Global Financial Market Tumble on Wuhan Coronavirus Issues - Photo by SMCP

JAKARTA (TheInsiderStories) – The outbreak of a SARS-like coronavirus (2019-nCoV) in Wuhan has escalated rapidly over the past week. A total of 224 cases of pneumonia caused by the new Wuhan coronavirus had been confirmed in China by Monday (01/20).

Just a week later, by Jan. 27, the total number of confirmed Wuhan virus cases in China had escalated to 2,761, with a total of 82 reported deaths attributed to the Wuhan virus. In addition to restricting public transport movements in and out of certain badly impacted cities such as Wuhan, China has also banned all group tourism travel sales by travel agencies in China for travel both within and outside of China with effect from Jan. 17.

Furthermore, the Chinese government has announced that the Lunar New Year holiday period, which had originally been from Jan. 24 to Jan. 30, has been extended by an additional three days of public holiday due to the coronavirus outbreak.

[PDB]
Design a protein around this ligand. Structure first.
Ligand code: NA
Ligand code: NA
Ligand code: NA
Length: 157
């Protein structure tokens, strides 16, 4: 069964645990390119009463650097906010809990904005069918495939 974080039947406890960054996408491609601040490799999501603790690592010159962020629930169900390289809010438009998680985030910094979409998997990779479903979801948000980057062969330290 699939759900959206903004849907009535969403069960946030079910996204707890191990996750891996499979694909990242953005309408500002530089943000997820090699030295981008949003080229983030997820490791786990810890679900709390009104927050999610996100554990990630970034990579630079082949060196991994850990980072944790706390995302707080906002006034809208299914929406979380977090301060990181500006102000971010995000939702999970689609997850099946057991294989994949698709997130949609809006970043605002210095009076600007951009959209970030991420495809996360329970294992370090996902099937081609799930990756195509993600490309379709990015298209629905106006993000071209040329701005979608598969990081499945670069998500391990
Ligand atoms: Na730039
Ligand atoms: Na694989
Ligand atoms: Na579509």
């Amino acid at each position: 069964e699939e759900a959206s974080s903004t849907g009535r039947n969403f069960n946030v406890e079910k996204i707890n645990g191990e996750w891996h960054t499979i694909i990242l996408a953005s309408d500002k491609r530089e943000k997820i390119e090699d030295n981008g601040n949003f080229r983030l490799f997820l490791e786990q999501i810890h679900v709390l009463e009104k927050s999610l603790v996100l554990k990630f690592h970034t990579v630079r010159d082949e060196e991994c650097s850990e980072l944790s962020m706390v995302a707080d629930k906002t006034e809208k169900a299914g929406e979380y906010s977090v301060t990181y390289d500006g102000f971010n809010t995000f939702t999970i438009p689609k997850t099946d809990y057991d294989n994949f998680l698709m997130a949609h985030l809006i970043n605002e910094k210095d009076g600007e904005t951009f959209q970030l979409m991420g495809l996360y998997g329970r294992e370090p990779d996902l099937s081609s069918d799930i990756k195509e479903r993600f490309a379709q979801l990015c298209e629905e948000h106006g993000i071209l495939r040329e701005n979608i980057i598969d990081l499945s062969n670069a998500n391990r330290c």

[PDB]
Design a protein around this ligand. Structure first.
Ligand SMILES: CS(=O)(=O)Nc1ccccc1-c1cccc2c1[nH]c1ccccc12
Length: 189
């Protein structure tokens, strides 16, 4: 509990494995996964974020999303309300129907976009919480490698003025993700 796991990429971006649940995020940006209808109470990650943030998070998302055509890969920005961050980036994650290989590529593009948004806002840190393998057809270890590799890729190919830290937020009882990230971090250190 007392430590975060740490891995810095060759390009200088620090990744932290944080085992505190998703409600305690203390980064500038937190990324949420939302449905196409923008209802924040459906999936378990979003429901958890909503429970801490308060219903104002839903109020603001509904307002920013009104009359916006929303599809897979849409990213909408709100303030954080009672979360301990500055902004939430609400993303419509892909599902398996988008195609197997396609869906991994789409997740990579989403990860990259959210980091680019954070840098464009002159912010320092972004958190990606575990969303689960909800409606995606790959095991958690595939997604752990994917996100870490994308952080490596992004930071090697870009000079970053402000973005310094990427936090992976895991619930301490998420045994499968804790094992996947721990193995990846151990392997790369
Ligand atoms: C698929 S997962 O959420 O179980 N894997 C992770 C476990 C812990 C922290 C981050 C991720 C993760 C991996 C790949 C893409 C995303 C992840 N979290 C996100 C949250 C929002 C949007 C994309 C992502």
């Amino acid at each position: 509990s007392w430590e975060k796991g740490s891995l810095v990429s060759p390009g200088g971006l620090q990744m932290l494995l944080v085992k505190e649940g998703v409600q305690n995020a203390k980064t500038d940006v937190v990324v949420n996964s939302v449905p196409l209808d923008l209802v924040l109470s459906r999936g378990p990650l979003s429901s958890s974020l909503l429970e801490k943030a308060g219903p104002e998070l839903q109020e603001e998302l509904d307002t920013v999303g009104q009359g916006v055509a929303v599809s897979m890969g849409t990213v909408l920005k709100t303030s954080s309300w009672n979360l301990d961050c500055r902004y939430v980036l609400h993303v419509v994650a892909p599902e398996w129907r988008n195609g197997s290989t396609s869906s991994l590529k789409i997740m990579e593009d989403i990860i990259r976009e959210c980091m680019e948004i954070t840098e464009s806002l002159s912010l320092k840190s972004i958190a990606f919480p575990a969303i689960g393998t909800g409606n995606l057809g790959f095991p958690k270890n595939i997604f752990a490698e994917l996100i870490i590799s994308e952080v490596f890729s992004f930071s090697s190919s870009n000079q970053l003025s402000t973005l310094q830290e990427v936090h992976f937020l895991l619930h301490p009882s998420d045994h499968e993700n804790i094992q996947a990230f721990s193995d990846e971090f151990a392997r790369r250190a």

A number of major Chinese cities have announced further postponement timetables for the reopening of companies after the Lunar New Year, with the Shanghai government having announced that companies in the city of Shanghai will not be allowed to reopen until Feb. 9, 2020.

With consumption spending having become the most important growth driver for the Chinese economy in recent years, a key near-term risk is from the negative impact on consumer confidence in China if the Wuhan epidemic continues to escalate.

With many entertainment venues in China, including an estimated 11,000 cinema theaters as well as major resorts such as the Disneyland park in Shanghai having temporarily closed due to the Wuhan virus outbreak, the immediate negative impact on China’ entertainment industry is already significant.

Economic Impact on Asia-Pacific Region

Over the past two decades, the rapid economic growth of China has made it a key export market for many Asia-Pacific nations. However, China’ growing importance in Asia-Pacific trade and investment flows has also created considerable vulnerability for the Asia-Pacific region from this type of unpredictable “black swan” event currently hitting the Chinese economy.